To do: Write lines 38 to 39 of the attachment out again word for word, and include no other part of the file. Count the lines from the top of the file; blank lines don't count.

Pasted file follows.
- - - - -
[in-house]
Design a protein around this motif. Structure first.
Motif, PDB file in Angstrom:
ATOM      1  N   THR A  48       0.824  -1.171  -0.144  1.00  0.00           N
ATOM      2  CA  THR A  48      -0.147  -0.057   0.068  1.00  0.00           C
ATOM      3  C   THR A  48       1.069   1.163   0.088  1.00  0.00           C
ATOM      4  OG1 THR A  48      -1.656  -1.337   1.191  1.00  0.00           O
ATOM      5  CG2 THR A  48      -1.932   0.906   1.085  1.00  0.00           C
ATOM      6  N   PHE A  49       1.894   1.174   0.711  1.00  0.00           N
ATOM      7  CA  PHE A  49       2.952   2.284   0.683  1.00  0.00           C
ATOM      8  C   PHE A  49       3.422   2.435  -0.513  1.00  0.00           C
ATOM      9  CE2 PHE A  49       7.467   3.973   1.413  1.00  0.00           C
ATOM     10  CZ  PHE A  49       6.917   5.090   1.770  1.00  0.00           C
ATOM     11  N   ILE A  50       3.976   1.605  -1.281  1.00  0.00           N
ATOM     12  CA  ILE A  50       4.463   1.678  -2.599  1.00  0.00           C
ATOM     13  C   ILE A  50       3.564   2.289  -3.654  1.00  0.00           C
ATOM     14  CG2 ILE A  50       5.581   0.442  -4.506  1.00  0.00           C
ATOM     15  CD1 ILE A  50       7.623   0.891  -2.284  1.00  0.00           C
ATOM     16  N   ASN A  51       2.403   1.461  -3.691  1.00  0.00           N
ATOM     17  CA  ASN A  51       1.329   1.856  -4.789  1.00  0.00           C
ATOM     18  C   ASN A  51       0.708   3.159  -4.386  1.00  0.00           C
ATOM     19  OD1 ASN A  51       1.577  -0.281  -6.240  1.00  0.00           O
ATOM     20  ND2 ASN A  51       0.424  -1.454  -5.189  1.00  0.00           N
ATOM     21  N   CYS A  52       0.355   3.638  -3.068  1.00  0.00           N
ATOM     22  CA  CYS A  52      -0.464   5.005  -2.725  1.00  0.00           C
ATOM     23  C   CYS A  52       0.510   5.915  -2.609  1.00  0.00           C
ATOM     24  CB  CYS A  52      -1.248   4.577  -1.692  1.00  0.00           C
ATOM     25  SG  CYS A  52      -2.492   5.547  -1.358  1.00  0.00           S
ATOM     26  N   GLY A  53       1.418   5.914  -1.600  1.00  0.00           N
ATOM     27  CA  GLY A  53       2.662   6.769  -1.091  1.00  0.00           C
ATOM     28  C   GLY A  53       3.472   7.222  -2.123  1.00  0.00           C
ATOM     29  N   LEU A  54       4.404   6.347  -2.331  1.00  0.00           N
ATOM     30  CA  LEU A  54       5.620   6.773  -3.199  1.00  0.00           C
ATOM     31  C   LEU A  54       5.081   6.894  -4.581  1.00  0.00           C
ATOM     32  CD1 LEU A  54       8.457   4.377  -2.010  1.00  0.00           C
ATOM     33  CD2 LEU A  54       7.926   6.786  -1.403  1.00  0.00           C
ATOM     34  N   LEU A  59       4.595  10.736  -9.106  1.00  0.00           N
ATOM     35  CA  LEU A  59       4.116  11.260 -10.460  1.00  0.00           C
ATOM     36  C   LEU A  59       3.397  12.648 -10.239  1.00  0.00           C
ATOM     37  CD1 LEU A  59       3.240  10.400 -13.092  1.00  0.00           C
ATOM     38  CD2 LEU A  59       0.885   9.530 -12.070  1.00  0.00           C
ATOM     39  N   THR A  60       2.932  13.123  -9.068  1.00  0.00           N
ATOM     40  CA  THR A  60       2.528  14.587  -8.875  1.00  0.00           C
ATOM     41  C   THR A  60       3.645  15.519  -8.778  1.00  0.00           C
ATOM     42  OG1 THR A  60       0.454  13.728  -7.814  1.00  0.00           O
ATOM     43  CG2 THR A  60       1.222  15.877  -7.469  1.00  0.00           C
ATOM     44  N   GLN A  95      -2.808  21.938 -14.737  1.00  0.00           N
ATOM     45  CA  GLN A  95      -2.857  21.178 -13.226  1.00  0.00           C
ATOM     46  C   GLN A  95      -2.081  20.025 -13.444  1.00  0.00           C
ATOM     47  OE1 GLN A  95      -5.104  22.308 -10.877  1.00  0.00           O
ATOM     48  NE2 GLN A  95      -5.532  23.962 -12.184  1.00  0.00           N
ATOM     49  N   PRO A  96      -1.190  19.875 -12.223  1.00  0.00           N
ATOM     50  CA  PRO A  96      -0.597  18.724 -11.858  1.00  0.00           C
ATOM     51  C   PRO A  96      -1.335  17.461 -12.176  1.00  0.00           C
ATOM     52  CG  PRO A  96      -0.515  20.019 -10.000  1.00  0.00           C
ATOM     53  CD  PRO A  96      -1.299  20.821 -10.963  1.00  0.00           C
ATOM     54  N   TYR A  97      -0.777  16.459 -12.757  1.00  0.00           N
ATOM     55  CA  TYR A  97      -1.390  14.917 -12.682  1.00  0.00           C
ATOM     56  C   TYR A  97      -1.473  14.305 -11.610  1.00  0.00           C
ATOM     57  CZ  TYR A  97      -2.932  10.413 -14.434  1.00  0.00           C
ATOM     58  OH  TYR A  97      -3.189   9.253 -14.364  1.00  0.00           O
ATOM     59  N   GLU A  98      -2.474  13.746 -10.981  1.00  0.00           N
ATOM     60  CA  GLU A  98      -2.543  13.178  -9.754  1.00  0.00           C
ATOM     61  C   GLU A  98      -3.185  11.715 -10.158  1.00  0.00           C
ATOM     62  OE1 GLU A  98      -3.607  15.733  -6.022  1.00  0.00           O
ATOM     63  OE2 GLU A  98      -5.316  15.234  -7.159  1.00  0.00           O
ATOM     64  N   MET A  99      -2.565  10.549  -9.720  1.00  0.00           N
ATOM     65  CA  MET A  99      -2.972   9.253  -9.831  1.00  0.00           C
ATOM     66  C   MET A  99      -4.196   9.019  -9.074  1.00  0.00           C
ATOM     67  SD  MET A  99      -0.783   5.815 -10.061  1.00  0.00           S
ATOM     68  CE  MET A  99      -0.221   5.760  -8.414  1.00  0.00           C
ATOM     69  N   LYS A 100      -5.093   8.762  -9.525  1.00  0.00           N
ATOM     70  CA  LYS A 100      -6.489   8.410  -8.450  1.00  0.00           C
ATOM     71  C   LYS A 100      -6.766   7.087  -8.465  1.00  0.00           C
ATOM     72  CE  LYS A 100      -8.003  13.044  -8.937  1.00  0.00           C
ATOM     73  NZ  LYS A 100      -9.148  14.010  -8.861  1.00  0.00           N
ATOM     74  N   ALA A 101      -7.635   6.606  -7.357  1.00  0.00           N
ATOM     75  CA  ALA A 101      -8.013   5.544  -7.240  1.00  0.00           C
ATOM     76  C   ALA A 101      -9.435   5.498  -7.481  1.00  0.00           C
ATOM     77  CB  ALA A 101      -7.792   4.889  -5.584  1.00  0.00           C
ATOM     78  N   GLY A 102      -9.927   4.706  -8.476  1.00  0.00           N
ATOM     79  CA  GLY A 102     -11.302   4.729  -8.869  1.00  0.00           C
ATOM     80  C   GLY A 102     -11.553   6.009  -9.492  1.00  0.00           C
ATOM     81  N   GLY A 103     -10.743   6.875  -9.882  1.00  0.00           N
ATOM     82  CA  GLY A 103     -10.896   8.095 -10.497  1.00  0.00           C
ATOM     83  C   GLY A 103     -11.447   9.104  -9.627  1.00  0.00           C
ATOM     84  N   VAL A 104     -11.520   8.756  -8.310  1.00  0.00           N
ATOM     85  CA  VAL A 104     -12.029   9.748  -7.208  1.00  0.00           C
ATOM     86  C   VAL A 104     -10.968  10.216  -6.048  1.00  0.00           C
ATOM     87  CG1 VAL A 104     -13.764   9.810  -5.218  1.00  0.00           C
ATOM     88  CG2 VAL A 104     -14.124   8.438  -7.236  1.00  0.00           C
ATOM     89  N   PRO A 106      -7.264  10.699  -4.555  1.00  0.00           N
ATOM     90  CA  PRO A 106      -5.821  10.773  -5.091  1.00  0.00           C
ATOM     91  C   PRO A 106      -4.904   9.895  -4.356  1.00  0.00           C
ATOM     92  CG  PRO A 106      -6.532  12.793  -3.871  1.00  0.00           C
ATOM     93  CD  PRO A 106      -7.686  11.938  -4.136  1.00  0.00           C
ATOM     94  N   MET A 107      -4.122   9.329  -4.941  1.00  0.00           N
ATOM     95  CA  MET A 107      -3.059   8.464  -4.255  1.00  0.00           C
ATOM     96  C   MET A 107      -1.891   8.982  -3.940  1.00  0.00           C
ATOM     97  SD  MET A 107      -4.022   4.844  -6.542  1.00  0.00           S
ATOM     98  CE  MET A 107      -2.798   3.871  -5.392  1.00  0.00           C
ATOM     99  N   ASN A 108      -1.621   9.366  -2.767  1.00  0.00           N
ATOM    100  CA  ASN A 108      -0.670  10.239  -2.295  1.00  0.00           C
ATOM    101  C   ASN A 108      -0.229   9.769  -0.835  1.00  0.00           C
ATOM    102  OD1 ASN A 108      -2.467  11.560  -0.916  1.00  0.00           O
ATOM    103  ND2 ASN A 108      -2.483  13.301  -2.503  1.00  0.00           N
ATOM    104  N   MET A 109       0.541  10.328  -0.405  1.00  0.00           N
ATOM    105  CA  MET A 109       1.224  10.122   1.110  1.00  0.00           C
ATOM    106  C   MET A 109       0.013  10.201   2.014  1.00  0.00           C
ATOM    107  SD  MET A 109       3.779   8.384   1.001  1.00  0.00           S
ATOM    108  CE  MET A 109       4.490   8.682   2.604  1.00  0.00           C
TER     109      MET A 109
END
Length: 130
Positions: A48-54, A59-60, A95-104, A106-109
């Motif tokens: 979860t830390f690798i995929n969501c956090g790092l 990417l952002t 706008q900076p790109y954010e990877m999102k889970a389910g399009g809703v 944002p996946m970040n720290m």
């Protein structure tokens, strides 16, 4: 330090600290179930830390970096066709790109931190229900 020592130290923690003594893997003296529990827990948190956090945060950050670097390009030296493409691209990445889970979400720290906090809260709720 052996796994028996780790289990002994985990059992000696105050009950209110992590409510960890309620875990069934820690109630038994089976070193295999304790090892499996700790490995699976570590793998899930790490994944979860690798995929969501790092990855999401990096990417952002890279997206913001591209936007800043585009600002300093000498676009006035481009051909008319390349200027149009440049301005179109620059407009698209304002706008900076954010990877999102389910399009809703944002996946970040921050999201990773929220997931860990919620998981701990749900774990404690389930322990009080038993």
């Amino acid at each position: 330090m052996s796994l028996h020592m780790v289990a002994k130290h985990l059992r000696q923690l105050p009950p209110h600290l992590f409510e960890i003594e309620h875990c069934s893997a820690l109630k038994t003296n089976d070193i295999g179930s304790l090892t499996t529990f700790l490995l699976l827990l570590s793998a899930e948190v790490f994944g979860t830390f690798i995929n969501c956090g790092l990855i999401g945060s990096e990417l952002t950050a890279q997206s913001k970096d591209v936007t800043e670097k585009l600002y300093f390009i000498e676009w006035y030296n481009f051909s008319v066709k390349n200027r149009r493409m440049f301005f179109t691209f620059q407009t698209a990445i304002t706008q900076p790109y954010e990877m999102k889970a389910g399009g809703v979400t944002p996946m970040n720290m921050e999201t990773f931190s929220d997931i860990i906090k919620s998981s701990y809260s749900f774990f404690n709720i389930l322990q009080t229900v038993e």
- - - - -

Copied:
ATOM     35  CA  LEU A  59       4.116  11.260 -10.460  1.00  0.00           C
ATOM     36  C   LEU A  59       3.397  12.648 -10.239  1.00  0.00           C